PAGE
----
Art & Technology
Just when Kindle has been threatening me because I haven't published in a while (see, you can subscribe to this blog through Kindle, and they have standards I have neglected to meet, because, well, I blog when I want to)... anyway, just when they suggested it would be good for them to release me from my blogging responsibilities, I was contacted by Estelle Shumann, who requested a chance to guest blog.
This should keep me on Kindle's good side for at least 30 days or less.
So here's Estelle, on the issue of Art education. A topic dear to my heart...
Though it’s tempting to separate art from technology today, the two are actually closely related. The separation often comes into the classroom, where art teachers have little budget for new technology and technology teachers have little experience in the arts. But combining them can lead the way for imaginative art and innovative technology. For instance, with classes available though an online university.
Art is the more important starting point, argues Mark Tocchet, chair of the illustration department at Pennsylvania’s University of the Arts. He says, "If you teach students a program, in two years it’s probably obsolete, but if you teach them to draw or paint, they’re going to do well–whether it’s drawing with a pencil or drawing with technology." Drawing, painting, and tactile arts have been around for thousands of years. Digital technology, which is a recent innovation, is constantly changing. Though it is of course important for students to learn the newest technology, their starting point should be in the traditional forms of art.
The late Steve Jobs, in his well-known address to Stanford University graduates in 2005, says that most of his college classes were simply the ones that interested him. His calligraphy class, in particular, dramatically changed his understanding of line and form and influenced his designs for the first Mac computers. This came as a surprise to many listeners, since it was commonly thought that many great technological ideas come from the study of technology. Jobs showed us, however, that technological inventions can spring from a study of the arts.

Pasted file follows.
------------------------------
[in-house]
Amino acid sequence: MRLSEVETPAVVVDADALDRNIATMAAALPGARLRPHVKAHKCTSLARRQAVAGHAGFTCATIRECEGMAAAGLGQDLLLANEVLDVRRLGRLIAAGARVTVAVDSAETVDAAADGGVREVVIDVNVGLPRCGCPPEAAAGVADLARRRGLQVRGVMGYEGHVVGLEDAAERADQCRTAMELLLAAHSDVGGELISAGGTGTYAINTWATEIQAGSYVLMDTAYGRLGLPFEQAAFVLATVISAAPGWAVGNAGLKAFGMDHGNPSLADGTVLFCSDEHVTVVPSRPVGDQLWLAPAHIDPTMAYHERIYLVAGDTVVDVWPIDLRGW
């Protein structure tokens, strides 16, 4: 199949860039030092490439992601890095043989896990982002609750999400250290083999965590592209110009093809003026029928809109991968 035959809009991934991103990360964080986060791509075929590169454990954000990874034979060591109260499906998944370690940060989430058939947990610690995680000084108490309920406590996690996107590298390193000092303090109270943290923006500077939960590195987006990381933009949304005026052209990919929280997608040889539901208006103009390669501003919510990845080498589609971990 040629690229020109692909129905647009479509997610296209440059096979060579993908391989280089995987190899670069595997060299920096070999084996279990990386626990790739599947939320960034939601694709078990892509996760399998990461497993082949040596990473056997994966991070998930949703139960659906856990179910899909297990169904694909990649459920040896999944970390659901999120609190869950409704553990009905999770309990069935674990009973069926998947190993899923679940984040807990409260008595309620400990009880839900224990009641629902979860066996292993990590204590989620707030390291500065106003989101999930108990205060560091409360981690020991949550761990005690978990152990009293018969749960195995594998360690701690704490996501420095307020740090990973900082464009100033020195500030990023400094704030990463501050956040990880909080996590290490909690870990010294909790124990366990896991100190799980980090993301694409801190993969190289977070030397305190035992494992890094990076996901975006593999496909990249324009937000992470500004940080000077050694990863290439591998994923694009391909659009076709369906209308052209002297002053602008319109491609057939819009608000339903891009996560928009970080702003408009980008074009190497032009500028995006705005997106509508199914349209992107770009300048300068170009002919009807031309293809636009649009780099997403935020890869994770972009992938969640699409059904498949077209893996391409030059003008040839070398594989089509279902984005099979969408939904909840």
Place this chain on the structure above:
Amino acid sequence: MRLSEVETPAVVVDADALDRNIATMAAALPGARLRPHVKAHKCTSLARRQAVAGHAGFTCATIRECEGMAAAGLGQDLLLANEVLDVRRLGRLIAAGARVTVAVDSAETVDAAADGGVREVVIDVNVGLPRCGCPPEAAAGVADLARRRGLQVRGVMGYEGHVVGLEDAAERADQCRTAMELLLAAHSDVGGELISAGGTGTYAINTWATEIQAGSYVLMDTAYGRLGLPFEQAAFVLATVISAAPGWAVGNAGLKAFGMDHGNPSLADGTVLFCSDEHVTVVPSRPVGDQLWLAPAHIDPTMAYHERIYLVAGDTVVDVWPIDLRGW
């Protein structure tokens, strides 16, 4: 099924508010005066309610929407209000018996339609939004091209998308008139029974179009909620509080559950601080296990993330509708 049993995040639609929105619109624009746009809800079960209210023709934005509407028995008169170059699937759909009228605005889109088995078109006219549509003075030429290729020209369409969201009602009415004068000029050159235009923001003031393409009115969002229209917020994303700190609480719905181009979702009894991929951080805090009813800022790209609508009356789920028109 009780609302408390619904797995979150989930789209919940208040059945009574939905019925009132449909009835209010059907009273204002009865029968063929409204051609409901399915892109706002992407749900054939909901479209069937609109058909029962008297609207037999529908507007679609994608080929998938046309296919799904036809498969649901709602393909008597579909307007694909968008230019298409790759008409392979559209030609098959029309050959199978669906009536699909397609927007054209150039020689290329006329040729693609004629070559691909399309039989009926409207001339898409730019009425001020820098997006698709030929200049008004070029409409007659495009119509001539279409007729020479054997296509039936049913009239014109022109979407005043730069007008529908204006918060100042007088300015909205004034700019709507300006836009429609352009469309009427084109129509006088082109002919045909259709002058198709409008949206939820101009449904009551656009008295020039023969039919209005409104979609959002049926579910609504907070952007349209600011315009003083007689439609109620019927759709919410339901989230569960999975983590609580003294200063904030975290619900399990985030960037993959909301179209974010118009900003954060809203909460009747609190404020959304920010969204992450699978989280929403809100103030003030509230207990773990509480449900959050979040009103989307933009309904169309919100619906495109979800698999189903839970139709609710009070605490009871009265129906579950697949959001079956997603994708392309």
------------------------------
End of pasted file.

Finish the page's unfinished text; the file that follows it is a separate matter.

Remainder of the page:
Art education, though, does not have its head in the sand. Nowadays, an art class incorporates much more technology than it did twenty years ago, when personal computers were just coming into use and the World Wide Web did not yet exist. Art students today work with a variety of cameras, computers and software programs to create the pieces they want. Rather than sticking to traditional forms, art has come to encompass and, in some cases, rely on technology for its creativity. This merging of the two is permanent: in the future, we will see only more innovative and creative channels opening from the combination of art and technology.
According to Boston College statistics, enrollment in arts education is still dominated by female students while technology is typically a male-dominated field. The leveling in college enrollment, however, arises as ideas between the two fields are shared more and more.
No longer will one field attract innovators of one gender over another. And as the two expand to include each other, they will also attract more students overall. For example, an art graduate will not be limited to a career in the art field; he could go on to create the newest smartphone. Similarly, a graduate in technology could use her expertise to create an art display using the functions of several different machines. The idea is not to sacrifice the beauty of one for another but to bring the best pieces to influence both art and technology.